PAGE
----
Scientists dig deep to cut mine poisons

Sarah Harmer 2
Associate Professor Sarah Harmer, centre, with postgraduate students Zoe Pettifer, Sian La Vars, Simon Lee, Belinda Bleeze and Connor Retallick at the Microbe Factory Laboratory at Flinders University.

Widespread environmental damage caused by toxic chemicals and acid leaching could be a thing of the past if new processing methods under development at Flinders University are scaled up and adopted by miners.

Scientists at Flinders in South Australia are developing a growing line-up of lab-based experiments to extract valuable minerals from ore using environmentally-friendly microbes, such as bacteria commonly found on mine locations.

“We’re making real progress in finding better ways to more sustainably separate valuable ores such as copper, iron, lead and zinc,” says ARC Future Fellow Associate Professor Sarah Harmer.

“We are using advanced technology to identify the specific naturally occurring bacterium which attach to each kind of mineral and modify is surface properties,” Associate Professor Harmer says.

“This has the potential to be scaled up to one day replace toxic chemicals such as cyanide and xanthates now used to separate the minerals from ore in the early froth flotation phase of processing.”

Waste rock and chemicals left behind from the process is usually saved in large tailing dams.

For the first time, Associate Professor Harmer’s team at Flinders School of Chemical and Physical Sciences has used high-tech x-ray imaging and micro-spectroscopic methods at synchrotrons overseas to study the distribution of chemical species responsible for the selective attachment of bacteria and the separation of minerals.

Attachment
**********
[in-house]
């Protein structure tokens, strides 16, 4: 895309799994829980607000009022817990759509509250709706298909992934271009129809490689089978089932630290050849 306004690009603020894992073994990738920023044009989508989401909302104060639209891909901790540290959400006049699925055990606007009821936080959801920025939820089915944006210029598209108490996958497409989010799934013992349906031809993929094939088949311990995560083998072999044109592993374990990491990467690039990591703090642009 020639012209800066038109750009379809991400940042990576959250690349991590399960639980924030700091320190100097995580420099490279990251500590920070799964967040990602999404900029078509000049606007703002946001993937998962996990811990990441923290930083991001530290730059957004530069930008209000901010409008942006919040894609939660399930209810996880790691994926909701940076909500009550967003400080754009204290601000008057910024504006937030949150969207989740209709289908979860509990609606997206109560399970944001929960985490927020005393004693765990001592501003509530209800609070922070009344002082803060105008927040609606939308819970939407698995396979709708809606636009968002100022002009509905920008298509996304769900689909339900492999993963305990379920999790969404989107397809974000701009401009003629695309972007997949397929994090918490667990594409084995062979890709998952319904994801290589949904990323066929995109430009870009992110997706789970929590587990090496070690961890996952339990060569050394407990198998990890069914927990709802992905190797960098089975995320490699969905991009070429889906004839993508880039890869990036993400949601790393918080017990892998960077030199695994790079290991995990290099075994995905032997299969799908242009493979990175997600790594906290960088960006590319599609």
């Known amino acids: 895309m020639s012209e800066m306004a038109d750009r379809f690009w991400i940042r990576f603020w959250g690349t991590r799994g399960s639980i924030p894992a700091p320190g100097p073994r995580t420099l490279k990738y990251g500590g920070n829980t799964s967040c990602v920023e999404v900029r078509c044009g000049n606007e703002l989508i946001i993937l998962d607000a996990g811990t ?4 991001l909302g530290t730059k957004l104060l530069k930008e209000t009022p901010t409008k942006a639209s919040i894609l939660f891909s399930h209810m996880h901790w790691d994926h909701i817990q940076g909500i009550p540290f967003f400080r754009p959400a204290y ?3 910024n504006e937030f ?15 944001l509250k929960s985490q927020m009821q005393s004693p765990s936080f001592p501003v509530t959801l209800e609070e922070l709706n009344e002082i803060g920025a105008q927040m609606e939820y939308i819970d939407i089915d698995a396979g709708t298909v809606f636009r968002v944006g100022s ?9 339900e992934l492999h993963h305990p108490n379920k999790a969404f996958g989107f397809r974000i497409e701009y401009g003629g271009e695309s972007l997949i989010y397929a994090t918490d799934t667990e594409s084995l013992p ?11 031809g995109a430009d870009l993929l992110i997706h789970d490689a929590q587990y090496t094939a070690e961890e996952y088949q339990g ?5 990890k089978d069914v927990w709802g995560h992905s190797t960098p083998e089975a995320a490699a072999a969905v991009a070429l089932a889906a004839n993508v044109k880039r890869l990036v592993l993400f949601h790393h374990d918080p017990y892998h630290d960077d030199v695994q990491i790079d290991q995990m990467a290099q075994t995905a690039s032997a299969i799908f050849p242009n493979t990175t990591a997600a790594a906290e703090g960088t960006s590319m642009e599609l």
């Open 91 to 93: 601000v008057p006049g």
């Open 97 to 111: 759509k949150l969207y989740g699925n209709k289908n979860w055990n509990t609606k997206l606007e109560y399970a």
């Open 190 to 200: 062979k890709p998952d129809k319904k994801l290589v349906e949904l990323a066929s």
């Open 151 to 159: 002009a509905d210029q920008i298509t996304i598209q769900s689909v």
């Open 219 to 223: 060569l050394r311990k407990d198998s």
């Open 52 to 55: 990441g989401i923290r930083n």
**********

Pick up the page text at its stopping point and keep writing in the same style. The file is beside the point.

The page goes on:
They also have used the extreme light beams of the Australian Synchotron and synchrotrons overseas to identify the chemical mechanisms of bioleaching of chalcopyrite, or copper ore, using soft and hard x-ray spectroscopies.

“The capability for microscale spectroscopic analysis of materials while in liquid under controlled electro-chemical conditions is helping to confirm which bacteria attach to specific mineral surfaces for the application of mineral leaching and separation of minerals without the use of toxic chemicals,” Associate Professor Harmer explains.

“We have been testing the prototype electrochemical solution cell in collaboration with scientists from the Canadian Synchrotron, and we’re looking forward to expanding that project in future.”

Associate Professor Harmer says the small-scale experiments could be scaled up in trials by mining companies to extract ores more sustainably.

This would, in turn, start to reduce the toxicity of tailing dams on mine sites and long-term challenges of environmental remediation of mine sites around the world.

Toxic byproducts from mining and ore processing continue to plague the mining industry – and the environment.

Industry enquiries about bio-flotation and bio-leaching processes in sulphide ores are welcome.

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Her team collaborates widely with a range of mining companies.




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